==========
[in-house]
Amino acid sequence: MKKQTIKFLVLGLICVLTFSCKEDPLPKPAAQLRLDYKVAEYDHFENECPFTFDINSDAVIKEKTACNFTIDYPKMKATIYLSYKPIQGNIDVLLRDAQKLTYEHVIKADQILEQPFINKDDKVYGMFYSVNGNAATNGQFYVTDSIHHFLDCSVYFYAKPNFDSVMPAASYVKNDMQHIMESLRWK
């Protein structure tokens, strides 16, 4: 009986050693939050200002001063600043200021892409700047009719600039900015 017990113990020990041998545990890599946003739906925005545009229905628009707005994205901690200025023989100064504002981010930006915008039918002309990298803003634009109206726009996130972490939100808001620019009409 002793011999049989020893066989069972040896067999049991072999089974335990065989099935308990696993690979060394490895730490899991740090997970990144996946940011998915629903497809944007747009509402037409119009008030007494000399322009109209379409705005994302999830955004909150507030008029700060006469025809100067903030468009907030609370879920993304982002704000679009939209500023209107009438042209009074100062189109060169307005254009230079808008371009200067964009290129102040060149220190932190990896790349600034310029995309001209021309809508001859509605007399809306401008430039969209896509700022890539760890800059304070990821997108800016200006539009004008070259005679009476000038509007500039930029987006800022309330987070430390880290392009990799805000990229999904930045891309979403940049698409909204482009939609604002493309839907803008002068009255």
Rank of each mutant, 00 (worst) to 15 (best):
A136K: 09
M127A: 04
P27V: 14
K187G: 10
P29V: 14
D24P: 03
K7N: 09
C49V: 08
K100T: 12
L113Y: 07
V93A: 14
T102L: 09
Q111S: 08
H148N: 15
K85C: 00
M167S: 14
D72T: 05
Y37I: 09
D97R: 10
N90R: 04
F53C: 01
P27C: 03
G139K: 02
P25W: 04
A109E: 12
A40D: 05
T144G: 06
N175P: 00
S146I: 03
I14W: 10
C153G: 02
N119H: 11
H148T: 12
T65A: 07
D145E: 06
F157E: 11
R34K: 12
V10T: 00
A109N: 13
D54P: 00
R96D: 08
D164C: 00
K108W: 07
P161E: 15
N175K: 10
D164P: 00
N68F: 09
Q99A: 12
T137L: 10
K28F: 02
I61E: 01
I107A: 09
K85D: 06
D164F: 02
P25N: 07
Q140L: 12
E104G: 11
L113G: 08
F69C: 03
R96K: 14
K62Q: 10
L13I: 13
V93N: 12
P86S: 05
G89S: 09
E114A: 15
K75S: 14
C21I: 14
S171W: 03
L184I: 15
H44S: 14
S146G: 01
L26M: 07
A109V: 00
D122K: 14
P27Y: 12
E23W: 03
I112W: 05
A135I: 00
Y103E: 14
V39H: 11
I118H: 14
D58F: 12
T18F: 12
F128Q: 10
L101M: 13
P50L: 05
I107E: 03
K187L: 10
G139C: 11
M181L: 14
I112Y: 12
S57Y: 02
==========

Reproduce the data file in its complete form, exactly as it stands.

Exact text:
[in-house]
Amino acid sequence: MKKQTIKFLVLGLICVLTFSCKEDPLPKPAAQLRLDYKVAEYDHFENECPFTFDINSDAVIKEKTACNFTIDYPKMKATIYLSYKPIQGNIDVLLRDAQKLTYEHVIKADQILEQPFINKDDKVYGMFYSVNGNAATNGQFYVTDSIHHFLDCSVYFYAKPNFDSVMPAASYVKNDMQHIMESLRWK
């Protein structure tokens, strides 16, 4: 009986050693939050200002001063600043200021892409700047009719600039900015 017990113990020990041998545990890599946003739906925005545009229905628009707005994205901690200025023989100064504002981010930006915008039918002309990298803003634009109206726009996130972490939100808001620019009409 002793011999049989020893066989069972040896067999049991072999089974335990065989099935308990696993690979060394490895730490899991740090997970990144996946940011998915629903497809944007747009509402037409119009008030007494000399322009109209379409705005994302999830955004909150507030008029700060006469025809100067903030468009907030609370879920993304982002704000679009939209500023209107009438042209009074100062189109060169307005254009230079808008371009200067964009290129102040060149220190932190990896790349600034310029995309001209021309809508001859509605007399809306401008430039969209896509700022890539760890800059304070990821997108800016200006539009004008070259005679009476000038509007500039930029987006800022309330987070430390880290392009990799805000990229999904930045891309979403940049698409909204482009939609604002493309839907803008002068009255």
Rank of each mutant, 00 (worst) to 15 (best):
A136K: 09
M127A: 04
P27V: 14
K187G: 10
P29V: 14
D24P: 03
K7N: 09
C49V: 08
K100T: 12
L113Y: 07
V93A: 14
T102L: 09
Q111S: 08
H148N: 15
K85C: 00
M167S: 14
D72T: 05
Y37I: 09
D97R: 10
N90R: 04
F53C: 01
P27C: 03
G139K: 02
P25W: 04
A109E: 12
A40D: 05
T144G: 06
N175P: 00
S146I: 03
I14W: 10
C153G: 02
N119H: 11
H148T: 12
T65A: 07
D145E: 06
F157E: 11
R34K: 12
V10T: 00
A109N: 13
D54P: 00
R96D: 08
D164C: 00
K108W: 07
P161E: 15
N175K: 10
D164P: 00
N68F: 09
Q99A: 12
T137L: 10
K28F: 02
I61E: 01
I107A: 09
K85D: 06
D164F: 02
P25N: 07
Q140L: 12
E104G: 11
L113G: 08
F69C: 03
R96K: 14
K62Q: 10
L13I: 13
V93N: 12
P86S: 05
G89S: 09
E114A: 15
K75S: 14
C21I: 14
S171W: 03
L184I: 15
H44S: 14
S146G: 01
L26M: 07
A109V: 00
D122K: 14
P27Y: 12
E23W: 03
I112W: 05
A135I: 00
Y103E: 14
V39H: 11
I118H: 14
D58F: 12
T18F: 12
F128Q: 10
L101M: 13
P50L: 05
I107E: 03
K187L: 10
G139C: 11
M181L: 14
I112Y: 12
S57Y: 02